Congress proposes new incentive for Wyoming to expand Medicaid eligibility

(Cheyenne, WY) — Two bipartisan bills in the Wyoming Legislature—one originating in the Senate, the other in the House—propose to expand Medicaid coverage in Wyoming. These bills arrive at the same time as a new proposal from Congress that would offer Wyoming an additional $120 million incentive to expand the Medicaid health insurance program.

Expanding Medicaid would provide needed health insurance to 25,000 currently uninsured Wyomingites. The federal proposal—which requires no matching funds from the state—is part of a powerful incentive being offered to the 12 states that have not yet expanded their Medicaid health insurance programs, including Wyoming.

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“This is money we can use to invest in our essential workers, teachers, and other infrastructure projects,” said Jan Cartwright, executive director of the Wyoming Primary Care Association. “At a time when the state is making difficult budget decisions, accepting these funds and covering 25,000 more hardworking Wyomingites is a win-win.”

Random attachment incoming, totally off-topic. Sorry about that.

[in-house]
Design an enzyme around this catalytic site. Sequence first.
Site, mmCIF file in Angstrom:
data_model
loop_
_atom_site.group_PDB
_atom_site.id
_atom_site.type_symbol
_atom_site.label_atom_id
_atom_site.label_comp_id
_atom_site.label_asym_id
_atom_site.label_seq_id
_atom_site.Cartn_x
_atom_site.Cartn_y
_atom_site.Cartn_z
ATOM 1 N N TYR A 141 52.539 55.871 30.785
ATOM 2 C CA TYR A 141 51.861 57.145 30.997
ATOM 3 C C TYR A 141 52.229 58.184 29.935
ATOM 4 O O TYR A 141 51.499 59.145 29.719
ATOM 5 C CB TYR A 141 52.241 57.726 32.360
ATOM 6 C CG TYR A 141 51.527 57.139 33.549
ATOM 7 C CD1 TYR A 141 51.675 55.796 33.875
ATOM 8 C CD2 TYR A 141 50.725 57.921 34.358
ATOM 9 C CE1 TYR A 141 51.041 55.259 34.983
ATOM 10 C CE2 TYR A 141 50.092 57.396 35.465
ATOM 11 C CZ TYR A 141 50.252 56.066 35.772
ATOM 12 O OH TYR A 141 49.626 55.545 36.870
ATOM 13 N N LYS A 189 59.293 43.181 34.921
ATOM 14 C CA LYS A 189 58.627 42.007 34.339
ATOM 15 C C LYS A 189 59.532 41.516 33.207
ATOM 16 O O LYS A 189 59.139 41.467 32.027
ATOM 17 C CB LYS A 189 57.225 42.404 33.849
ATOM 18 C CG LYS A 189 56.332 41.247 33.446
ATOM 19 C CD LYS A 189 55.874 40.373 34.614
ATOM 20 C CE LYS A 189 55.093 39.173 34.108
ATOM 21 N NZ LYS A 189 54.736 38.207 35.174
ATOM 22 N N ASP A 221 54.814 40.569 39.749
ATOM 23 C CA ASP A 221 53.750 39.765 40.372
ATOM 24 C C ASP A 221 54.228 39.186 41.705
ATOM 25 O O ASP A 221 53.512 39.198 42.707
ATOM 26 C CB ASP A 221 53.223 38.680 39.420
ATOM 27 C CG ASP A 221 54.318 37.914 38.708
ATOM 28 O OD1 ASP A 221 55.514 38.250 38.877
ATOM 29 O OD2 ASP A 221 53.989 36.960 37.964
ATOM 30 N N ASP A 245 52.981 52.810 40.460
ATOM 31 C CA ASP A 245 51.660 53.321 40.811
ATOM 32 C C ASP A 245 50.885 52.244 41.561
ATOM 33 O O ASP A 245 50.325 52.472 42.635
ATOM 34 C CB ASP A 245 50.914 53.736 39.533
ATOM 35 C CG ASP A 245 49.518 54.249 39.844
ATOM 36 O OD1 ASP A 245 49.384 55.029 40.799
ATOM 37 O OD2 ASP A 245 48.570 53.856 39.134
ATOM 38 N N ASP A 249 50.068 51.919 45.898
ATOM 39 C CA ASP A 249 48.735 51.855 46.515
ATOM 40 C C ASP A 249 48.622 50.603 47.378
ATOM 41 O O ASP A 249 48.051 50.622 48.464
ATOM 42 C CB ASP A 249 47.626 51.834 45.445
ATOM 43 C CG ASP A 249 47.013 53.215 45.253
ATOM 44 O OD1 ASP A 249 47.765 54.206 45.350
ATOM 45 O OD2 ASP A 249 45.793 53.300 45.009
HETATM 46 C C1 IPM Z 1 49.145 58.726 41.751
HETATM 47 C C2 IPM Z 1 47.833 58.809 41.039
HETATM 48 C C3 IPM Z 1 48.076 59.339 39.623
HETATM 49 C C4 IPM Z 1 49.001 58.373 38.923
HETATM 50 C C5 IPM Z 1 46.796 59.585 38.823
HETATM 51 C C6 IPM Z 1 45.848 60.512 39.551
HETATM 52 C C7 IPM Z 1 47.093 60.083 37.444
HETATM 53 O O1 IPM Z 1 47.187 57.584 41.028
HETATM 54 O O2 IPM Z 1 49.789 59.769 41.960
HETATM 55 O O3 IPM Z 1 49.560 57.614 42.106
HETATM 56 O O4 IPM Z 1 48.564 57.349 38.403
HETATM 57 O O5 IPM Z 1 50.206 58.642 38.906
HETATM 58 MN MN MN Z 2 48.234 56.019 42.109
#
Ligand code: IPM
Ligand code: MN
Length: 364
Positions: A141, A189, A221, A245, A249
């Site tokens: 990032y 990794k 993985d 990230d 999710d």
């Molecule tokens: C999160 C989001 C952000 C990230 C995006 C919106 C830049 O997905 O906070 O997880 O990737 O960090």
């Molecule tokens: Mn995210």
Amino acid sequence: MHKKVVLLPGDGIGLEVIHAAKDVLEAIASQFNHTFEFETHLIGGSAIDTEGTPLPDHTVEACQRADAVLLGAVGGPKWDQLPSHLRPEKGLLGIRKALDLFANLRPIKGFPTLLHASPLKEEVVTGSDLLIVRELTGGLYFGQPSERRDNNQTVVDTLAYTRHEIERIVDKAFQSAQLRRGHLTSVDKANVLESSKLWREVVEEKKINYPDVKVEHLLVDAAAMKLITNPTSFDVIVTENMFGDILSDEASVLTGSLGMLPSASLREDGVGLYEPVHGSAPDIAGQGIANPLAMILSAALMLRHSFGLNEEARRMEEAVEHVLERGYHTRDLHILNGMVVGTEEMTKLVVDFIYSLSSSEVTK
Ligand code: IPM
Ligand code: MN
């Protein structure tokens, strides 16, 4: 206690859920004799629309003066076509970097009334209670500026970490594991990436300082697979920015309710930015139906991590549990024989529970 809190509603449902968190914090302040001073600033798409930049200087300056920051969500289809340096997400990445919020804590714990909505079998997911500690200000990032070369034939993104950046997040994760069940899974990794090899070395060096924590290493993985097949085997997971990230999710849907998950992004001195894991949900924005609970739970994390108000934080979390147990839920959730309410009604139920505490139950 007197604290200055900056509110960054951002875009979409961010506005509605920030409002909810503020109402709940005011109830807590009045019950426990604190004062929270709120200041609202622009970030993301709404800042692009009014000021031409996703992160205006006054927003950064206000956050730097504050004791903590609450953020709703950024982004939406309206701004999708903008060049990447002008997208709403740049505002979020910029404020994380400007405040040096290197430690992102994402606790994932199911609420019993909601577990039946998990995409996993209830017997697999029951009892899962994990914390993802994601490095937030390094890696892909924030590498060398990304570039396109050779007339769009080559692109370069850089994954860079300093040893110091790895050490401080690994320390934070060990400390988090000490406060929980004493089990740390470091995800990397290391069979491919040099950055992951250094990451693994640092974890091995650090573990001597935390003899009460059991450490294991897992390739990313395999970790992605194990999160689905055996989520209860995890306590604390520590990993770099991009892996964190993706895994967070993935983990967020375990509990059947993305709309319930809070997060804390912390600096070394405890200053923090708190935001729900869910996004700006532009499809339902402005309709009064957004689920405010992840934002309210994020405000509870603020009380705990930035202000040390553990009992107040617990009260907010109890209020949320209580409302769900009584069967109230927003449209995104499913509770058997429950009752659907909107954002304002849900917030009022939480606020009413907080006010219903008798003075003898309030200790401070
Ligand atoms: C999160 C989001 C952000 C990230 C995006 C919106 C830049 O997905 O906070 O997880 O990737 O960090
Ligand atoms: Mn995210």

Currently, the federal government pays for 90 percent of the total cost of Medicaid expansion and the state covers 10 percent. The Senate bill, SF154 Medicaid expansion with federal match requirements, would ensure that Wyoming’s share of the program never exceeds 10 percent.

Based on the Wyoming Department of Health’s latest projections—and before taking into account the new incentive—expanding the Medicaid health insurance program in Wyoming would cost the state roughly $9 million per year while bringing in more than $68 million in matching dollars annually.

More than 400 studies reviewed by the Kaiser Family Foundation, a leader in healthcare policy, demonstrate the broad benefits of expanding Medicaid eligibility—benefits to both the individuals it covers and the states that implement it. More than a decade’s worth of research finds that expanding Medicaid has a positive effect on numerous economic outcomes, including state budget savings, revenue gains, and overall growth. Multiple studies suggest that expansion can result in state savings by offsetting state costs in other areas.

The Medicaid program is particularly responsive to economic downturns, ensuring that people can access essential health care even in times of financial stress. And, of all types of health insurance, research shows Medicaid is the most successful in reducing poverty rates, especially for women.

Wyoming legislators and Governor Gordon have previously acknowledged the program’s benefits but have blanched at the cost, citing the difficulty of finding $9 million during an economic downturn. Now Congress has taken that financial burden off the table.

“In addition to taking care of more hardworking Wyoming families at a critical time,” said Cartwright, “expanding Medicaid is one of the most fiscally sound decisions Wyoming can be making right now.”

For more information about Healthy Wyoming and the benefits of expanding Medicaid visit healthywyoming.org.

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